What are your favorite tracks on the new album?

I really like the song The Smoke because it has a good a good reference between the aggressive vocals and the clean vocals. I think there’s a good harmony between the heavier and the emotional side of the band…

Here’s a funny question now… Well, I don’t speak Finnish but isn’t Perkele something like God damnit or shit in English? (Laughs)

Yeah, it’s a swearing word. But if you know its original meaning, it used to be the God of fire in old beliefs. Perkele was like the devil…

Ahhh, because when I once met your countrymen Sentenced, they were all the time like Perkele! and Perkele! and I remember asking them hey, what’s that word all about and they replied it’s like when the Germans say ‘sheize’ (English: ‘shit’)… (Laughs)

Yeah, it is as well. (Laughs)

Who came up with the album’s title (Eclipse) and what does it symbolize. Additionally, who designed the cover artwork?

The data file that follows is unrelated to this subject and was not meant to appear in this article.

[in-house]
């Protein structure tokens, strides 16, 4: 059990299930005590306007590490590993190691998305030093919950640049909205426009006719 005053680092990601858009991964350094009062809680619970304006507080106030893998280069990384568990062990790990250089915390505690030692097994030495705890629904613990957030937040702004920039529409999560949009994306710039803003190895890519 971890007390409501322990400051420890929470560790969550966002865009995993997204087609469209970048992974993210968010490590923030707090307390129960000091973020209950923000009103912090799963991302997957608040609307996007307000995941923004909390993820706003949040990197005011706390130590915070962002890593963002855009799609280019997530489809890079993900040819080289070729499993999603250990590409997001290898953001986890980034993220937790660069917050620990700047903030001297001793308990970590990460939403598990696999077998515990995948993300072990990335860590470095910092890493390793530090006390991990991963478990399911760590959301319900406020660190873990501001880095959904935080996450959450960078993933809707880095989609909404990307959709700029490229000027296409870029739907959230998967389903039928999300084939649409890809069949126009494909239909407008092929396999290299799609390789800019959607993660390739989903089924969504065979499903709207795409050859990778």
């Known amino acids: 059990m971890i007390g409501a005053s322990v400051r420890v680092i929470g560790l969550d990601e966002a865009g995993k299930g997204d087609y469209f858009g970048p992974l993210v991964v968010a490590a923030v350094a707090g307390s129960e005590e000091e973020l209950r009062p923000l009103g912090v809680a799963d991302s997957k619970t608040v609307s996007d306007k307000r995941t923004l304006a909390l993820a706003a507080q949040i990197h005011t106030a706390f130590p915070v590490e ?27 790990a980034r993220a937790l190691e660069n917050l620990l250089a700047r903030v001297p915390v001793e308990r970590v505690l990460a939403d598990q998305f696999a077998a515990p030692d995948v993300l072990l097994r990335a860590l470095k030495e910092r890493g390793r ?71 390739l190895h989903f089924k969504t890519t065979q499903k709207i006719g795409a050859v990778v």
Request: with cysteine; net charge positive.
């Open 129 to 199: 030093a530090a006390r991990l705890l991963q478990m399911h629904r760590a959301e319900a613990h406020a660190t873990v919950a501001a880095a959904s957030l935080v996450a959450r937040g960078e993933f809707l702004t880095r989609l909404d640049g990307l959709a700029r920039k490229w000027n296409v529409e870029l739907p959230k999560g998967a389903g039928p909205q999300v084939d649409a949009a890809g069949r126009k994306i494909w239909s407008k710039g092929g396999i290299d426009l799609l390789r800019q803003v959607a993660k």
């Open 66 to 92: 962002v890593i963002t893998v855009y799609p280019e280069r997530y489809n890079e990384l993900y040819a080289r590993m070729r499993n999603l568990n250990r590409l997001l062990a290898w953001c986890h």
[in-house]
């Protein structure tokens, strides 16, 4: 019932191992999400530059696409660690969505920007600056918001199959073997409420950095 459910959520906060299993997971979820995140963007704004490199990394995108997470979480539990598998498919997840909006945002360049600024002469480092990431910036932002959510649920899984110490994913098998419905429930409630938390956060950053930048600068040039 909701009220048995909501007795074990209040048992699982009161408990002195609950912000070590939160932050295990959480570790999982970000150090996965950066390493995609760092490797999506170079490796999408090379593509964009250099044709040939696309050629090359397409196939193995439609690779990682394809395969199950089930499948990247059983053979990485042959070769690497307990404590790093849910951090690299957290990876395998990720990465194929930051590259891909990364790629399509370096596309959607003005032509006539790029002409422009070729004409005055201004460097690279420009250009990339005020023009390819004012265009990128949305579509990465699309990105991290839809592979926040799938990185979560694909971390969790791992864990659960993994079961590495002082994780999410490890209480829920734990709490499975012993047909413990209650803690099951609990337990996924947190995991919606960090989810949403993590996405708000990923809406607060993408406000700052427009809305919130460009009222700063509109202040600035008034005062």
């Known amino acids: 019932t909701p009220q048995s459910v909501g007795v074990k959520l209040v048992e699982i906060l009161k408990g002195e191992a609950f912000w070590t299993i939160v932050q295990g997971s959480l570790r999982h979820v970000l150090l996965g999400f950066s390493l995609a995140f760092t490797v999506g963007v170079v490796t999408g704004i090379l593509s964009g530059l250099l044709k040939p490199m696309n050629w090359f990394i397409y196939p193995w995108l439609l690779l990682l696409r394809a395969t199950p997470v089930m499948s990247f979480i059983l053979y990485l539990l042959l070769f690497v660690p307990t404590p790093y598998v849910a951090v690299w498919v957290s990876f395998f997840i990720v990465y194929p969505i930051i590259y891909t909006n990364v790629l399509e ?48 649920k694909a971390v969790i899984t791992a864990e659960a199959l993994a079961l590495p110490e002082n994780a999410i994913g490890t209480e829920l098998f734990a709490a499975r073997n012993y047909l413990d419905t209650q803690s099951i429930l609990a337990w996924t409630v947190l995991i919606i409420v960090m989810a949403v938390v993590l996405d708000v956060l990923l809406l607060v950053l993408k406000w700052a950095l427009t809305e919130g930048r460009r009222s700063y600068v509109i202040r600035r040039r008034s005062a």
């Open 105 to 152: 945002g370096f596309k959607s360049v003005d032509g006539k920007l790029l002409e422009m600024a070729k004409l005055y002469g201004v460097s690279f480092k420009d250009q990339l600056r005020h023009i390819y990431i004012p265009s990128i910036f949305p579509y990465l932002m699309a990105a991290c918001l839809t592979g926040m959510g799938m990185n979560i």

The cover artwork is done by Travis Smith who’s also worked with Opeth and Katatonia. We really got into his art and his style. So, we got in contact with him - I think it was back in July (2005) - and asked him if he’d be interested in doing the next Amorphis album. He was really interested and he told us he’s a big fan of our Tuonela (1999) album and that he really likes the cover artwork of that album. In November we finally finished the artwork with him and it turned out really nice. Later on we came up with Eclipse as the title. I remember Tommy and I, we were at Nuclear Blast’s headquarters to do the pre-listening session and during that trip we came up with the title…

Oh, during the trip?